Genre: Hack and Slash / Action RPG
Year: 2009
Developed by: Runic Games
Published by: Runic Games
Platforms: PC, Mac
Feeling Like: Shedding some light

Henry’s Brain: Penny for your thoughts?

Henry: I was about to ask you the same thing!

Henry’s Brain: I know, thought I’d start us off for once.

Henry: Right, of course. I think I’m managing. The pandemic is still ongoing and permeates every waking moment, but we’re extremely lucky; no family members have gotten sick and Kyla and I have been able to work from home the entire time.

Henry’s Brain: I know you’ve been feeling guilty about not getting more of the 500 done.

Henry: A bit, yeah. It’s hard not to. I have all the time in the world, and I’ve fallen drastically behind my one-entry-per week target. Even if I keep up with that pace, I won’t finish the list for another 5 years, at least.

Henry’s Brain: That may seem daunting, but there’s no deadline. You’re not beholden to anybody, this is just for fun, remember?

Henry: I guess.

Henry’s Brain: And you’re almost halfway! You’ve completed 235 entries, that’s nothing to shake a stick at.

Henry: Yeah, that’s true! And I do enjoy going back to read older posts to see how my writing has evolved, or recall my thoughts on some obscure game from 20+ years ago.

Henry’s Brain: There you go! So there’s only one thing to do.

Henry: Keep pestering you with my unwarranted insecurities?

Henry’s Brain: You’ll keep doing that no matter what. But in the meantime, let’s talk about Torchlight.

Henry: My first reaction is a positive one. Torchlight scratched the Diablo-esque itch I always seem to get every couple of years. It’s unsurprising that the team behind it were Blizzard veterans; the same lure is there. The unobtrusive HUD and user interface is there. The colorful world and endless monsters are there. It seems all parties invited RSVP’ed.

Henry’s Brain: I remember how much you enjoyed the style of character you picked.

Henry: That was a highlight, and something that I missed out on in Diablo 3. Historically, I’ve always gone as a knight or a melee character; in other words, the most boring archetype available. Eventually, repetition got to me and I branched out. I’m glad I did – my guy in Torchlight was a dream to play. I focused entirely on summons, familiars, pets and any other little minion of destruction I could throw at my enemies. Taking pot shots from behind a line of offensive lineman made me feel like a fantastical Tom Brady and I loved every minute of it.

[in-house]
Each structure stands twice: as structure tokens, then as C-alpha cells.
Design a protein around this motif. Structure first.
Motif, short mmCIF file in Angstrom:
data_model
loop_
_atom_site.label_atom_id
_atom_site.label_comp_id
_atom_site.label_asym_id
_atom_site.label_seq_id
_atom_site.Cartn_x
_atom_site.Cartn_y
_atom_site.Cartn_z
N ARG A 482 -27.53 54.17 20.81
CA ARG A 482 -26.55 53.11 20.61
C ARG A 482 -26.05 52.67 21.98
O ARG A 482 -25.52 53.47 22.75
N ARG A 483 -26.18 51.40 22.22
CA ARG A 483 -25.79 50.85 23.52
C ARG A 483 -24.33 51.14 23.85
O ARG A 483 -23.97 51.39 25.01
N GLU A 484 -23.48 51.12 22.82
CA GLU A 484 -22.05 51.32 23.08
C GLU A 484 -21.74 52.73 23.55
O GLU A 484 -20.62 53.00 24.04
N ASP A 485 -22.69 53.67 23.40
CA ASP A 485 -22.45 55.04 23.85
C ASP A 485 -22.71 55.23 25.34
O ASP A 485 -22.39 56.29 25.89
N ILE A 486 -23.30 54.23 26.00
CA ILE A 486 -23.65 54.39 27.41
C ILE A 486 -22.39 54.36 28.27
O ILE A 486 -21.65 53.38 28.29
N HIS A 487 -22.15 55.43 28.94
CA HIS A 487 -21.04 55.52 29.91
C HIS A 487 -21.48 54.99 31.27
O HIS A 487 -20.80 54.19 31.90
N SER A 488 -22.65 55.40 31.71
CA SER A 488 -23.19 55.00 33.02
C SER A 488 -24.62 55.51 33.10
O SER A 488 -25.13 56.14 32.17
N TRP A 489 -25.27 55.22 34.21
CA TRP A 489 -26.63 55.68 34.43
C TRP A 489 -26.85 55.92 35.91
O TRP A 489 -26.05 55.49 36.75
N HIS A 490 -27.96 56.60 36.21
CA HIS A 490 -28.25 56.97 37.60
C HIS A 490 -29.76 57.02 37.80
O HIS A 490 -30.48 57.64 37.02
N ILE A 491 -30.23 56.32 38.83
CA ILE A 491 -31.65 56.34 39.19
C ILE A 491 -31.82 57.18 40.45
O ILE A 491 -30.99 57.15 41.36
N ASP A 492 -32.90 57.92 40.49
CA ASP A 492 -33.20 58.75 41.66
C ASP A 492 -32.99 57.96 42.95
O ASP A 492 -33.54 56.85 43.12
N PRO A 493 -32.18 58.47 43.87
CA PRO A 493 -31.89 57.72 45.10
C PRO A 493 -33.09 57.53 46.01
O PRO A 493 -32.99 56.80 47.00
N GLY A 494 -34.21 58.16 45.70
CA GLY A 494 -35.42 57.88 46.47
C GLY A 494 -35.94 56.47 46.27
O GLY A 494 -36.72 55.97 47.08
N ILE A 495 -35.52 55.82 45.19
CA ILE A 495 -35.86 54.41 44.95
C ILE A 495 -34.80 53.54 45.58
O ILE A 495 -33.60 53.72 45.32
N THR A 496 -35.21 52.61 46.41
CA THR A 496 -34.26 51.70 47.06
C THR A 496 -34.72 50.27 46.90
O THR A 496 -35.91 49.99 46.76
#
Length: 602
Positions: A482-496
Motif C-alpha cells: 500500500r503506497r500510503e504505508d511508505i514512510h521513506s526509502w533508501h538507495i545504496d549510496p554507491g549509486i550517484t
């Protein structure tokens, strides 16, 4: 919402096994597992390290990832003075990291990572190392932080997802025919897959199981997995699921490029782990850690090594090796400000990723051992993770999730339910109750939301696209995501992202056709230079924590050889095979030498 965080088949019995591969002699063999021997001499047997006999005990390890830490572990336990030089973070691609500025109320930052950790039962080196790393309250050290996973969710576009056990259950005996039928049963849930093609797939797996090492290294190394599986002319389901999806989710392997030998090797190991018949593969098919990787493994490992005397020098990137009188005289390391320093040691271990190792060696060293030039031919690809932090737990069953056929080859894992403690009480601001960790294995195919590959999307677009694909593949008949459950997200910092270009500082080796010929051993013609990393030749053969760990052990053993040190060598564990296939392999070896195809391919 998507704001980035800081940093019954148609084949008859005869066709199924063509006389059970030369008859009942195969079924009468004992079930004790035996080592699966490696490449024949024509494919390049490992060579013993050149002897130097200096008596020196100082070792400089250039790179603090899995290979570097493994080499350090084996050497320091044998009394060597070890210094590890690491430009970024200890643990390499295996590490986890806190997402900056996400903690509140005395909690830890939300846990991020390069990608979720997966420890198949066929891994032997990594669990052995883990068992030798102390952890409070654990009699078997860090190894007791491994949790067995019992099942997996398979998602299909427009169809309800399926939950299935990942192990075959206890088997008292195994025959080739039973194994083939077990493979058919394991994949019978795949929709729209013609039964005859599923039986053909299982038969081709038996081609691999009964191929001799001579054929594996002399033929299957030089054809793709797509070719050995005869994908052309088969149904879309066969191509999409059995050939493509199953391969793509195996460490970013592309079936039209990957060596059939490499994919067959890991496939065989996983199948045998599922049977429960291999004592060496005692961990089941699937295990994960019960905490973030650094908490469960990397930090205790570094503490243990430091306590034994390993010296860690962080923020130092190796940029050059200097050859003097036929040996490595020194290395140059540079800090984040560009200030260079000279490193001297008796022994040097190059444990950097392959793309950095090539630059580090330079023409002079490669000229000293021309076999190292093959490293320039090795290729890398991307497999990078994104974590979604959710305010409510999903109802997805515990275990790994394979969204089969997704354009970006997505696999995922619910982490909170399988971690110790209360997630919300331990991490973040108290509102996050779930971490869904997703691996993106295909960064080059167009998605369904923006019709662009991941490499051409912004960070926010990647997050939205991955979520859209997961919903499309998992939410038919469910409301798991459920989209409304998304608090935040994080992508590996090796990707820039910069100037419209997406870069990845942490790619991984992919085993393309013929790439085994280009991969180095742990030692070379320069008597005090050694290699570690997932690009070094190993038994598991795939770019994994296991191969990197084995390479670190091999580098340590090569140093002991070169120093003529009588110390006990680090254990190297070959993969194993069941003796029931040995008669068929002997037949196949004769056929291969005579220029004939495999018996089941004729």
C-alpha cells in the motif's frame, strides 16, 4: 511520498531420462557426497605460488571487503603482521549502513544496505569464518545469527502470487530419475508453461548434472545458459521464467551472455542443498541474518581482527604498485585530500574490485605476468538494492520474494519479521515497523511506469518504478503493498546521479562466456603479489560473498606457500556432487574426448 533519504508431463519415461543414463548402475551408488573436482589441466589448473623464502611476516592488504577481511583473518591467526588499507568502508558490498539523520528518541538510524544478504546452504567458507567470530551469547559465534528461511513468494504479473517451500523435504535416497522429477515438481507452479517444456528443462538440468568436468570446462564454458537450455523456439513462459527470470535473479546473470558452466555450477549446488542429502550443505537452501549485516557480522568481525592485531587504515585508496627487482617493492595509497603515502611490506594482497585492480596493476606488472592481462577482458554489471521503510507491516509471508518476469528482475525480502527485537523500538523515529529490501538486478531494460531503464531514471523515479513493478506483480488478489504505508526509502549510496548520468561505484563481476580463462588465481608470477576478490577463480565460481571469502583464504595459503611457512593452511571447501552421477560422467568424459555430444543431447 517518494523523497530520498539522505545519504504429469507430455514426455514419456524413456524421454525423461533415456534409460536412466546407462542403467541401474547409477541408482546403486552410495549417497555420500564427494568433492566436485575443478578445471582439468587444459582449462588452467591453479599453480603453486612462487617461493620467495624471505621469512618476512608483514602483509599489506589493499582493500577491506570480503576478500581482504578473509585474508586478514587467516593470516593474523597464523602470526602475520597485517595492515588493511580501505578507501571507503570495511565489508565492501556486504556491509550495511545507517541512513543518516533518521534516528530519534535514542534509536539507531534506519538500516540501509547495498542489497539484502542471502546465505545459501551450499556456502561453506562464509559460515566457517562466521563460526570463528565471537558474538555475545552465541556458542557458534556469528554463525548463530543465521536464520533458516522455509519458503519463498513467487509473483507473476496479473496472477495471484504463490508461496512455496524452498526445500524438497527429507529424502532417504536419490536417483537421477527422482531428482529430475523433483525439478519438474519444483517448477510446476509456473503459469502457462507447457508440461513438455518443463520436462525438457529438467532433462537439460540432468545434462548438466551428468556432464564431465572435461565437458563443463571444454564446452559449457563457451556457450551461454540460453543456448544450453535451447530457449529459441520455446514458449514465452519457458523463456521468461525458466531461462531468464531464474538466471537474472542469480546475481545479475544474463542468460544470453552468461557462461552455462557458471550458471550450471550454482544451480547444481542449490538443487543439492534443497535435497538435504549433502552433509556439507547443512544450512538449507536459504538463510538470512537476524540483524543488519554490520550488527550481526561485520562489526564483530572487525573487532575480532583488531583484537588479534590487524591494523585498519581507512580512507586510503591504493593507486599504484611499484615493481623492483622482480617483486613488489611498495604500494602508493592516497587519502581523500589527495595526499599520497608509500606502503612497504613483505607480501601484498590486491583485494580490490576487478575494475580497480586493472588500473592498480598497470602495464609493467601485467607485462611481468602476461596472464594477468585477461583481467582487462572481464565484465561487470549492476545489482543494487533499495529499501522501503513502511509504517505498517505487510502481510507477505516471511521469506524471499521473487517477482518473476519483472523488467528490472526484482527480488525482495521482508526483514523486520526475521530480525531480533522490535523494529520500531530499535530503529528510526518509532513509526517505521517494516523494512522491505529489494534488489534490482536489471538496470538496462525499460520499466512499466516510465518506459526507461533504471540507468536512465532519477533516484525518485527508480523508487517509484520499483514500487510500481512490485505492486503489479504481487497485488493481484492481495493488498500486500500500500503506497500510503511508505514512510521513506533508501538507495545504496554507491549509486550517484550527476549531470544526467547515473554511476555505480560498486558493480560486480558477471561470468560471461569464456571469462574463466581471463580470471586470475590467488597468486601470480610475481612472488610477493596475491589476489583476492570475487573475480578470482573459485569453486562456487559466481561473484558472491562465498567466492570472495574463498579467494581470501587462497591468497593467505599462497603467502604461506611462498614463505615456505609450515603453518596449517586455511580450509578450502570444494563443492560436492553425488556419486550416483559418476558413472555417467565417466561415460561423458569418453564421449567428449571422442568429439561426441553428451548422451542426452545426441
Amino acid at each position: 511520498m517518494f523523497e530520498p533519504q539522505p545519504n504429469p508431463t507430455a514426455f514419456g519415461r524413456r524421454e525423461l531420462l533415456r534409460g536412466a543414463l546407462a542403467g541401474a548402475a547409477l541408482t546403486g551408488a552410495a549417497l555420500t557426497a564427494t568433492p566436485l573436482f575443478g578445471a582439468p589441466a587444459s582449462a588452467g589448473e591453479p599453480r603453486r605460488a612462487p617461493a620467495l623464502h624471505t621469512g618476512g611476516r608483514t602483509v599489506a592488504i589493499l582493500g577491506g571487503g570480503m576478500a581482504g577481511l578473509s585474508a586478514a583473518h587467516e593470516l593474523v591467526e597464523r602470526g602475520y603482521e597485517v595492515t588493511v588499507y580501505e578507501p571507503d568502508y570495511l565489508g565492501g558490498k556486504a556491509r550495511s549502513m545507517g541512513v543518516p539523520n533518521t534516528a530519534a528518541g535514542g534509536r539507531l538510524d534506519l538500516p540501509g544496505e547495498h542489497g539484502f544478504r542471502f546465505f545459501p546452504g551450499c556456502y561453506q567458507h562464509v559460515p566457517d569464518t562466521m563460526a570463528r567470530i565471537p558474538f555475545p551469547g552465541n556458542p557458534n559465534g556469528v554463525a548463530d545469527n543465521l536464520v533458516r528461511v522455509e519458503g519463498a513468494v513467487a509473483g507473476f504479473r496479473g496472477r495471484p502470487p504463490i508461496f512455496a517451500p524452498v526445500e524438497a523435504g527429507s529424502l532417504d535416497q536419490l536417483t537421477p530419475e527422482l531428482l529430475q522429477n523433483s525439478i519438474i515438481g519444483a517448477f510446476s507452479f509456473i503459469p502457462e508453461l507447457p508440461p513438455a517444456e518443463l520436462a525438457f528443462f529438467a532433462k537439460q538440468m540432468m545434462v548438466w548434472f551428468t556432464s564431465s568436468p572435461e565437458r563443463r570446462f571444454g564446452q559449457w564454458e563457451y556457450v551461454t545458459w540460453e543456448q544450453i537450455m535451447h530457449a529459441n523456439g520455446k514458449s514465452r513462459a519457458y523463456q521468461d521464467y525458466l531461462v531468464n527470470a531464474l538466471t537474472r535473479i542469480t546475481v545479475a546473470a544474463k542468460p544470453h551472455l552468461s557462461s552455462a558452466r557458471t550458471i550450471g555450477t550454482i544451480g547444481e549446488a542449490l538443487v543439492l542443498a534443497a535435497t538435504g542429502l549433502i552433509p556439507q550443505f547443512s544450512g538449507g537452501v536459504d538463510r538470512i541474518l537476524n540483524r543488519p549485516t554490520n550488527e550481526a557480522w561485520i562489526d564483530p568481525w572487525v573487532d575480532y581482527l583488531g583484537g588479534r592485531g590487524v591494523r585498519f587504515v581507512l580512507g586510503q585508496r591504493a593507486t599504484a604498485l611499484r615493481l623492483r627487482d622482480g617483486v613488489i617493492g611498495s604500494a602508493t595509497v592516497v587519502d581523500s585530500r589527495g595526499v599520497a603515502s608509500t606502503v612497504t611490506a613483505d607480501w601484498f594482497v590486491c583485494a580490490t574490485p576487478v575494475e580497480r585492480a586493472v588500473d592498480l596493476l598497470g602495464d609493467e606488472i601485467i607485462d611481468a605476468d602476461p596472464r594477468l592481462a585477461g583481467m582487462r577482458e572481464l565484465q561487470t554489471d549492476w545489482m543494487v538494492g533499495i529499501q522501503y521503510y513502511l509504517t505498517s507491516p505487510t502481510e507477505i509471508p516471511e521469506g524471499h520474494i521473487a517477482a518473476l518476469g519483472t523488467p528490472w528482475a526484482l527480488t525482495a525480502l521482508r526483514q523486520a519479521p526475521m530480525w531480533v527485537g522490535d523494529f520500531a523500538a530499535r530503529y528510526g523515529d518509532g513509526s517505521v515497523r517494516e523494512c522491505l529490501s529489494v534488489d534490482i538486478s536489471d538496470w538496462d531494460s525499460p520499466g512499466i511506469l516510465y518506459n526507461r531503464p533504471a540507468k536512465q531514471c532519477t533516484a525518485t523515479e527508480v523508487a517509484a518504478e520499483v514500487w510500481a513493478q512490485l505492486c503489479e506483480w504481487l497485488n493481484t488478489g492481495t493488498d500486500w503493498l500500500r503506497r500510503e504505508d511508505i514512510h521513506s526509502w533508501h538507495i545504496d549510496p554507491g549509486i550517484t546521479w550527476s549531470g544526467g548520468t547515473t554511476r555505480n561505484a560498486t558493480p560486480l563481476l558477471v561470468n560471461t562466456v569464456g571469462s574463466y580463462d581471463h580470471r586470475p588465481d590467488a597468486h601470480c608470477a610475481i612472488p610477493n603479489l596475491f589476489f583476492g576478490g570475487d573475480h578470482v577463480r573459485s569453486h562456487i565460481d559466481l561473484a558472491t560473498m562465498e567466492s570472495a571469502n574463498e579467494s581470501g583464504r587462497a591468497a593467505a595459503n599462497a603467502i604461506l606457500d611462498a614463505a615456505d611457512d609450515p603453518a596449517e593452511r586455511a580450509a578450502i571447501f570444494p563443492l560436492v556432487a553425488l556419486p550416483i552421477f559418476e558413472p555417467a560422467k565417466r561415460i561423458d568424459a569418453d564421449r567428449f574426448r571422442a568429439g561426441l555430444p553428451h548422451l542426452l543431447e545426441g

Henry’s Brain: How cool was the pet system?

Henry: Extremely, I’m shocked other games of this genre don’t copy it outright. Everybody loves a loyal dog or cat fighting by your side, but the idea that you could load your companion up with items, send them back to town to sell said items and come back in a short time frame was sublime. I could extend my run, I didn’t have to worry about being over burdened with loot and it increased my affinity for Black Shadow (named after my childhood pet, doesn’t everybody do this?)

Henry’s Brain: I found the main town/hub to be a thoroughly relaxing respite from the action.

Henry: I mean, that’s critical to the core gameplay loop, isn’t it? The original Diablo really was revolutionary in this capacity. Start in town. Get the lay of the land, and pointers from the helpful townspeople. Listen to the calming music. Prep for your adventure. Nobody else to talk to? Geared up? Head out, bucko. Come back any time.

Henry’s Brain: The only time things got a little dicey with the visuals is when the screen is covered with enemies and it was difficult to see your mouse. Otherwise, super endearing.

Henry: Hell yes. Even in the year 2021, I still have a longing for stylistic, cartoonish graphics. Especially in a game like this – the charming style doesn’t warrant photo realistic graphics. It’s a light hearted adventure, why venture beyond that in the looks department?

Henry’s Brain: I’m getting tempted to boot up a new game right now.

Henry: And I’m guaranteeing we’d both have a great time. Trying to find specific matching sets of gear to get a matching bonus was addicting. I had to carefully choose which armor and accessories I was going to keep. Should I prioritize my own strength, or my adorable army of death? A mix of both? There’s no time for pondering all this in the heat of the action, but Torchlight gives you plenty of breaks to let everything sink in. It’s an action game to be sure, but it’s not mentally taxing beyond a few quick heals or summons during the heat of battle.

Henry’s Brain: Anything else before we wrap up?

Henry: Nothing else comes to mind. This entry will be much like Torchlight itself, short but sweet. It was pleasant, easy to pick up and never overstayed its welcome. I hope the upcoming Diablo 4 will allow me a similar playstyle, the monk in Diablo 3 didn’t set my world on fire.

Henry’s Brain: I’ll be sure to remind you to keep an ear out for any news. With the pandemic, it’s likely that a lot of major releases will get delayed. Be patient!

Henry: I will be, thanks Brain. Hey, if I can’t think of anything else to play, there’s always Torchlight!

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